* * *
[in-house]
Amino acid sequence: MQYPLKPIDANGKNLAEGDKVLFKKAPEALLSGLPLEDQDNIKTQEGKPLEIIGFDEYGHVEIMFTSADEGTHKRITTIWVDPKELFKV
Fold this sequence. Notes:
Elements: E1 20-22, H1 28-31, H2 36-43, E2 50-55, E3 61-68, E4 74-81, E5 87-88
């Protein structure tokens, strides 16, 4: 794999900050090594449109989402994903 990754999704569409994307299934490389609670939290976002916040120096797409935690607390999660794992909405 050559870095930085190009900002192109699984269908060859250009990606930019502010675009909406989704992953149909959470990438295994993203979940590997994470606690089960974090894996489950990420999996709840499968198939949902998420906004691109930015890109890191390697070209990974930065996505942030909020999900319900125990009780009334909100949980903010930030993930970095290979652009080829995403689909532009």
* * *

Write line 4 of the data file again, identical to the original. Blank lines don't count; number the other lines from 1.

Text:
Elements: E1 20-22, H1 28-31, H2 36-43, E2 50-55, E3 61-68, E4 74-81, E5 87-88